One hundred and fifty years ago Australia was six separate colonies that each had stronger transport and social links with “home”, mother country England, than they did with each other. The states that developed out of the colonies were the logical progression 100 years ago.
Things change, however, and the woeful state of infrastructure across Australian cities and regional areas after an unprecedented 15 years of continuous economic growth and record tax revenues is all the argument needed for why the state governments not only should, but must, go.
There is no logic to state government in Australia in 2007. There is no particular community of interest between Sydney and Broken Hill, Albany and Broome, or Toowoomba and Cairns, and they have widely disparate economic and social priorities. Add to this the absurd state of affairs where one level of government raises most of the revenue and another level of government spends most of it, and you realise why we have the situation we have now.
Peter Beattie, perhaps not in the detail, but definitely in the purpose, is right about council amalgamations. It is only through a far more professional and properly resourced level of local government that Australia can be governed properly, for the benefit of all its citizens, not just those in marginal State or Federal seats.
There is already a clear and easy separation of responsibilities between a national level of government and councils, with the Commonwealth taking over police, schools, hospitals, main roads, major transport systems and utilities (all of which they already have a significant financial interest in), while strong, financially viable councils are left to deal with providing appropriate services to the local community, without having to compete with the needs of towns or cities thousands of kilometres away.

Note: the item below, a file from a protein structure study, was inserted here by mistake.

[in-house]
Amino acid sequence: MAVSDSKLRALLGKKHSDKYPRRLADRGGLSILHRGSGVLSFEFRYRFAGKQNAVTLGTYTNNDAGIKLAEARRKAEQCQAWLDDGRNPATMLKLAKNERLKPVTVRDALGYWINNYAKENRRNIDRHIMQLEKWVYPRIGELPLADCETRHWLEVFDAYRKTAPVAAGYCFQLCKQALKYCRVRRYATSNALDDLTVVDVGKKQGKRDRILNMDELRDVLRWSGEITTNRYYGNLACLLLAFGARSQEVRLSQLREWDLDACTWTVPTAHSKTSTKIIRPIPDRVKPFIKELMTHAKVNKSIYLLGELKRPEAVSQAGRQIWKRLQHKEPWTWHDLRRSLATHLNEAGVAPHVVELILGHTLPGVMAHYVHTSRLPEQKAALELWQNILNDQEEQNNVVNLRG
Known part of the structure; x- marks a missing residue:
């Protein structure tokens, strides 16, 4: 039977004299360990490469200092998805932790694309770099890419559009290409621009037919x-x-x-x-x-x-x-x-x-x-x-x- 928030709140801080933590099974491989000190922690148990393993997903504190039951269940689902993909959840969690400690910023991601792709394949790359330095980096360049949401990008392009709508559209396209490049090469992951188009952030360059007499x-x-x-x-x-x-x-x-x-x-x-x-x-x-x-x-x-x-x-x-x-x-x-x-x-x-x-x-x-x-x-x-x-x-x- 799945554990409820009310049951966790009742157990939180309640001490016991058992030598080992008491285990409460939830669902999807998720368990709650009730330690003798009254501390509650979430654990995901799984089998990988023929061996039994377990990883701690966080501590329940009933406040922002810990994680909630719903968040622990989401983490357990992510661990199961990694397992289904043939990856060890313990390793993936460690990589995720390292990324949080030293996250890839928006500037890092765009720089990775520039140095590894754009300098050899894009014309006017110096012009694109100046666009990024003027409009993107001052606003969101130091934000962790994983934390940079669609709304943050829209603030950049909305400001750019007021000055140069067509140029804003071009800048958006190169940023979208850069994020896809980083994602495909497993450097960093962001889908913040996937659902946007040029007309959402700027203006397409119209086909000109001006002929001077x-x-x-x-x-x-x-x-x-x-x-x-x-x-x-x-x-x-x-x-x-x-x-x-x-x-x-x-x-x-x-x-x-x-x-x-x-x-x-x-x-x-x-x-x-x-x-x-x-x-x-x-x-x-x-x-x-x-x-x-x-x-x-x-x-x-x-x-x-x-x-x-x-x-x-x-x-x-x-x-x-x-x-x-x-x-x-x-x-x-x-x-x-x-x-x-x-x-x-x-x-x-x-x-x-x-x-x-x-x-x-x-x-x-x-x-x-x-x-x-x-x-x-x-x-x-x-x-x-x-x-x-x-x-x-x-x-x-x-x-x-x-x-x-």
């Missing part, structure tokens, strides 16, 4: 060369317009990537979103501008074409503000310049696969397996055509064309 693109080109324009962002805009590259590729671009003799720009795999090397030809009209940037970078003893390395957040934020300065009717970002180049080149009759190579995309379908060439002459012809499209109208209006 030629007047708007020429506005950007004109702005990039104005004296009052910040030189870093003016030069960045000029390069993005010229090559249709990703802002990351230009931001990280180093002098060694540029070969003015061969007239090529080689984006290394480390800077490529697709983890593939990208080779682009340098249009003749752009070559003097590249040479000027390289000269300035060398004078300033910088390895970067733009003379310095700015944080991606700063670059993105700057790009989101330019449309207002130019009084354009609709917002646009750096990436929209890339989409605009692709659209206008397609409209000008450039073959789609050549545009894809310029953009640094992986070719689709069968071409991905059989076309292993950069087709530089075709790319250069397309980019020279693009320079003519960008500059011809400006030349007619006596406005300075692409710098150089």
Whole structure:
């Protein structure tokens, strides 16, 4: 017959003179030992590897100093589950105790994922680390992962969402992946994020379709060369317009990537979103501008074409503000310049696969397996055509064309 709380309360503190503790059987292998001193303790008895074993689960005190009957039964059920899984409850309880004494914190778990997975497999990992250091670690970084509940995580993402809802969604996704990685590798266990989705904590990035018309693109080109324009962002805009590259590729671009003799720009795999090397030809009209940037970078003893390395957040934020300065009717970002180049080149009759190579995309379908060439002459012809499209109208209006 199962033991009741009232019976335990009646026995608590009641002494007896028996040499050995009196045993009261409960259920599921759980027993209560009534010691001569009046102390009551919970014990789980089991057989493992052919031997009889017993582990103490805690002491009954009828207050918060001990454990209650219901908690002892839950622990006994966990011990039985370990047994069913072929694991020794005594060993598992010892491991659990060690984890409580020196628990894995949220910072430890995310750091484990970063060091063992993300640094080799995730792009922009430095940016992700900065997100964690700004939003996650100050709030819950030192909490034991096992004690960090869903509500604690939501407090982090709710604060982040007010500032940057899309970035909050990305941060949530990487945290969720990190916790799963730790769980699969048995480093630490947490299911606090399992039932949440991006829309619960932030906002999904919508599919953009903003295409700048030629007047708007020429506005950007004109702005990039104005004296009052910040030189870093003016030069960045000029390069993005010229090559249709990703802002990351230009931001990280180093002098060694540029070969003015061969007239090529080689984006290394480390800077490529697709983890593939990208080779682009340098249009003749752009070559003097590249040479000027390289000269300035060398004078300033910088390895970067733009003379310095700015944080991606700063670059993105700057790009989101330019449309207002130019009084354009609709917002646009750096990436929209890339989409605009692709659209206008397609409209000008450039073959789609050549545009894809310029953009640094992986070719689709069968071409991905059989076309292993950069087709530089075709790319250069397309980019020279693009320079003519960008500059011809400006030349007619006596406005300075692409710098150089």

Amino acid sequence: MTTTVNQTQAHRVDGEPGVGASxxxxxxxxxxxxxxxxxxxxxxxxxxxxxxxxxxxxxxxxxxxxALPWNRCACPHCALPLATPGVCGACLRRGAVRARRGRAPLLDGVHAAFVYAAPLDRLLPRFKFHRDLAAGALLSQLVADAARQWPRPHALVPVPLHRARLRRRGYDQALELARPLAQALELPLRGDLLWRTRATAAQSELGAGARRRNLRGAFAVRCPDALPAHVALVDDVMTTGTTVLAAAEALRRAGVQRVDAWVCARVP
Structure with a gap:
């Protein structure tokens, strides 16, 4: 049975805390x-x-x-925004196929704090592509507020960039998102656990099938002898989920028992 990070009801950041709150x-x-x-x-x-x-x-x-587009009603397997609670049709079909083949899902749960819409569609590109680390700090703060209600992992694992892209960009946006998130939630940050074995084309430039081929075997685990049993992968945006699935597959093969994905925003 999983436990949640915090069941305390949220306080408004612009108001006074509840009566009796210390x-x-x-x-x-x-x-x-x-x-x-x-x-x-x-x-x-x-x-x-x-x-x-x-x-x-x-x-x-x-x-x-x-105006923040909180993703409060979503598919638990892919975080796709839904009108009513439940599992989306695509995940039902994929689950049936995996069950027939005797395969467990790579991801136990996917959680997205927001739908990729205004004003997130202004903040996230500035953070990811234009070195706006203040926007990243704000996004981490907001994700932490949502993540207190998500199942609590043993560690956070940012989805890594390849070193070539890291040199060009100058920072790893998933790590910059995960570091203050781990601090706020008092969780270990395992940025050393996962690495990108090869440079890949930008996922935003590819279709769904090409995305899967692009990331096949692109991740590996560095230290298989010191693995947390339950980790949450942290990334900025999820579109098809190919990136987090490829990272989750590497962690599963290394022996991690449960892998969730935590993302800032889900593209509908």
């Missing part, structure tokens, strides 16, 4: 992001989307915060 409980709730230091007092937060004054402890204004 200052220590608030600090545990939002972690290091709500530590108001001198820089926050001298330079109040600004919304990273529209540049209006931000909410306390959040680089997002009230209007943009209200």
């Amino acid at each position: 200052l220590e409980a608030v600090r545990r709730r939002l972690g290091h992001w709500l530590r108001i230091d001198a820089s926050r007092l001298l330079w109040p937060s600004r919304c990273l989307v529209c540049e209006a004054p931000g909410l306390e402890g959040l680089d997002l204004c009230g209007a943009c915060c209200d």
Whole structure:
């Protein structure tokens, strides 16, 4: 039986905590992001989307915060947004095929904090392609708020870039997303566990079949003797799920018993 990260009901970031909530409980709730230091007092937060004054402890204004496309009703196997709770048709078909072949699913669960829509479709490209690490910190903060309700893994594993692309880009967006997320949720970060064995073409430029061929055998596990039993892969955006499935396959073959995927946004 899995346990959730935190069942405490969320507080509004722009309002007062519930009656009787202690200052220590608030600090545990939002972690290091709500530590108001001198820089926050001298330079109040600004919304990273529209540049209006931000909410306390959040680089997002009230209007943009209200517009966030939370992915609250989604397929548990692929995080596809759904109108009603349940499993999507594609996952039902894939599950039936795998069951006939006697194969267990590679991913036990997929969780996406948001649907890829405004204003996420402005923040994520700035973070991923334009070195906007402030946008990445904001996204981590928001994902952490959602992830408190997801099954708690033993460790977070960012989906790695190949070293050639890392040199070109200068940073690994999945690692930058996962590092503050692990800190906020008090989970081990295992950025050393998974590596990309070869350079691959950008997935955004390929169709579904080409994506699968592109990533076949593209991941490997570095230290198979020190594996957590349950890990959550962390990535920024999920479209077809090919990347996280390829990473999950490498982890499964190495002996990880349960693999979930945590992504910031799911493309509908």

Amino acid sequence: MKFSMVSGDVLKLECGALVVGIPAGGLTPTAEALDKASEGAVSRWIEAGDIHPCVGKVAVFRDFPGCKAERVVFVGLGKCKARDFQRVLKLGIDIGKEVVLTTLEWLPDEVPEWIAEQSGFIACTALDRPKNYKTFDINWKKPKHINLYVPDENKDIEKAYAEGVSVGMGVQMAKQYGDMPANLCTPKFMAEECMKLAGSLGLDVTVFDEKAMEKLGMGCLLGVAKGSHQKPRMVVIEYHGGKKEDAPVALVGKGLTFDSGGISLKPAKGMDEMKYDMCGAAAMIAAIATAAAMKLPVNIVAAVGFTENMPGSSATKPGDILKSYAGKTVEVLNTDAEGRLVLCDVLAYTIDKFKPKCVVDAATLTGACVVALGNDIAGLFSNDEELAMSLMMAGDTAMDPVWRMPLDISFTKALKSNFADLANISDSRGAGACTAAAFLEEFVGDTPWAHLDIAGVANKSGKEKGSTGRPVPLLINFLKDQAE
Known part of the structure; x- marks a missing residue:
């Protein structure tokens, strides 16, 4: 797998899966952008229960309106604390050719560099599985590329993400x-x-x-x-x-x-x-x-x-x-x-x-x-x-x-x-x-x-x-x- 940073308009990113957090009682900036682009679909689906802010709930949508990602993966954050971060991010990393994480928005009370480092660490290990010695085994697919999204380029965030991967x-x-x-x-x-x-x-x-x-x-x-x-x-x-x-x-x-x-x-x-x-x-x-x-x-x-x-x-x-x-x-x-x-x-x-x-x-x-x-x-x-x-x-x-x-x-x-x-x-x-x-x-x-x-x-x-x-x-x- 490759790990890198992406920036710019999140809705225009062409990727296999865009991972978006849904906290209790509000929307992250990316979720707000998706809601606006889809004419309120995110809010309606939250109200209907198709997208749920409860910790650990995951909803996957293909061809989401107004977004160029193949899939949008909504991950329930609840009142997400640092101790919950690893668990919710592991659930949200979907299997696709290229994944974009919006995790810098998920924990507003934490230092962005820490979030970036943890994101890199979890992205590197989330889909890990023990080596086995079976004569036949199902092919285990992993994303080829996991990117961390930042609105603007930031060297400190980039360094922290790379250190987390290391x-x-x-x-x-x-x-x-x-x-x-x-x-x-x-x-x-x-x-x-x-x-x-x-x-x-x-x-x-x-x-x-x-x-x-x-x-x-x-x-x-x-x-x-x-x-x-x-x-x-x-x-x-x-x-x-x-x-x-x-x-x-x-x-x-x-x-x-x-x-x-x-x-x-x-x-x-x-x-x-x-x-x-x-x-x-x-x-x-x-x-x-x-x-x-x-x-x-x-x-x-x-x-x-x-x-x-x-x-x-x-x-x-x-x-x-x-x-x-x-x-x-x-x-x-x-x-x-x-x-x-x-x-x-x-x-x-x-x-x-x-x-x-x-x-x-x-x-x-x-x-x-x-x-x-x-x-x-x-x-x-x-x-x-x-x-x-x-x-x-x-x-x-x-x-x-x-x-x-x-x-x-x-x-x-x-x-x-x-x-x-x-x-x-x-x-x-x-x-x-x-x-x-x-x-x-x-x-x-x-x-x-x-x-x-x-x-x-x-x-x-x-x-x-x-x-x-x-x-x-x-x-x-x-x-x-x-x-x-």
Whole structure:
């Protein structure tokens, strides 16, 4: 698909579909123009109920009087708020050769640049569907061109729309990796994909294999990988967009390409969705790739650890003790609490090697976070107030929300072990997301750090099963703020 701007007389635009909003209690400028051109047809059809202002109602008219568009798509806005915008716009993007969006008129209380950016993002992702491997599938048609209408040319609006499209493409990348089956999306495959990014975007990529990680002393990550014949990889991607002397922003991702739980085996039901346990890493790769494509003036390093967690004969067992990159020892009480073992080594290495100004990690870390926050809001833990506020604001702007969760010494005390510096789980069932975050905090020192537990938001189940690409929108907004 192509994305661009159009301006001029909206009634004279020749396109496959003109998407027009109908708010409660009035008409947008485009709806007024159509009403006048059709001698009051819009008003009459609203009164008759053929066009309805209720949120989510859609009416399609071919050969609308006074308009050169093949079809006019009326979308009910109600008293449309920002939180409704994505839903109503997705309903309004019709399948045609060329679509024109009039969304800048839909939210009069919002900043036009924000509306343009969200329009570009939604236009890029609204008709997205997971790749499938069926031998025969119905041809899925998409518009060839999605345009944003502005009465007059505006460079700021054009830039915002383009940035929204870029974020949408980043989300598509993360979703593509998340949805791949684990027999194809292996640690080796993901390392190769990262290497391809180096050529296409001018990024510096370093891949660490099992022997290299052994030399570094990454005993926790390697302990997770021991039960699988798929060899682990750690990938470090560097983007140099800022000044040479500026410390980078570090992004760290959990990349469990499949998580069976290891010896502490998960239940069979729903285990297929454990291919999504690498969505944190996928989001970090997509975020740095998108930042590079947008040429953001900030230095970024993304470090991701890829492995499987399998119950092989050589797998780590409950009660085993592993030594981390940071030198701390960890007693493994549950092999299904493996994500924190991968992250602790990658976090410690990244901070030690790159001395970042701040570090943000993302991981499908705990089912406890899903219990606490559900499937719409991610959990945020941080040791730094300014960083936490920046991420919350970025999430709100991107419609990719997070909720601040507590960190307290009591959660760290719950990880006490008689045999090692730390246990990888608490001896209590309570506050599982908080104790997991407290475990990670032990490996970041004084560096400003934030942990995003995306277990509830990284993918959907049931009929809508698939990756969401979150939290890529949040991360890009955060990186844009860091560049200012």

The main benefit of removing state governments is not the reduction in bureaucracy (although this should occur to some extent), it is the removal of the ever more polished art of blame shifting that we have had to endure from both federal and state politicians for 106 years. It also removes our own tendency to have a bet each way at state and federal elections, which further decreases any chance of efficient service delivery.
It would also significantly improve councils, who have already been forced by economic reality to amalgamate and/or privatise many services such as garbage collection and dog pounds. The ridiculous and seemingly infinite variations in regulations from one council to the next would be lessened.
We would also be blessedly relieved from an entire layer of professional politicians at state level and most of those (mostly) well-meaning amateur politicians at local level. If any of you have doubts about this being a benefit, I highly recommend the ABC documentary Rats in the Ranks.
Many will be screaming about the dangers of all that unfettered power centred in Canberra, what terrible things will happen if the other side gets in and (according to your preference) destroys the working man; cripples the economy; turns us into a police state; lets political correctness run wild; or whatever conspiracy theory you prefer.
I refer those people to our bicameral system. The Senate may be (barely) in the Government’s control at the moment, but that is extremely rare and has been shown to be electorally detrimental to the party that holds and uses such power. The status quo of the Senate is no majority control, providing an effective modifying influence on executive power. This could be assured if the Senate was made truly nationally proportional.
Australians may care about State of Origin football and Warney being a Victorian, and there’s no reason why those nominal distinctions can’t remain, although we should all care more about having hospitals that work, buses and trains that run and schools that are properly resourced.
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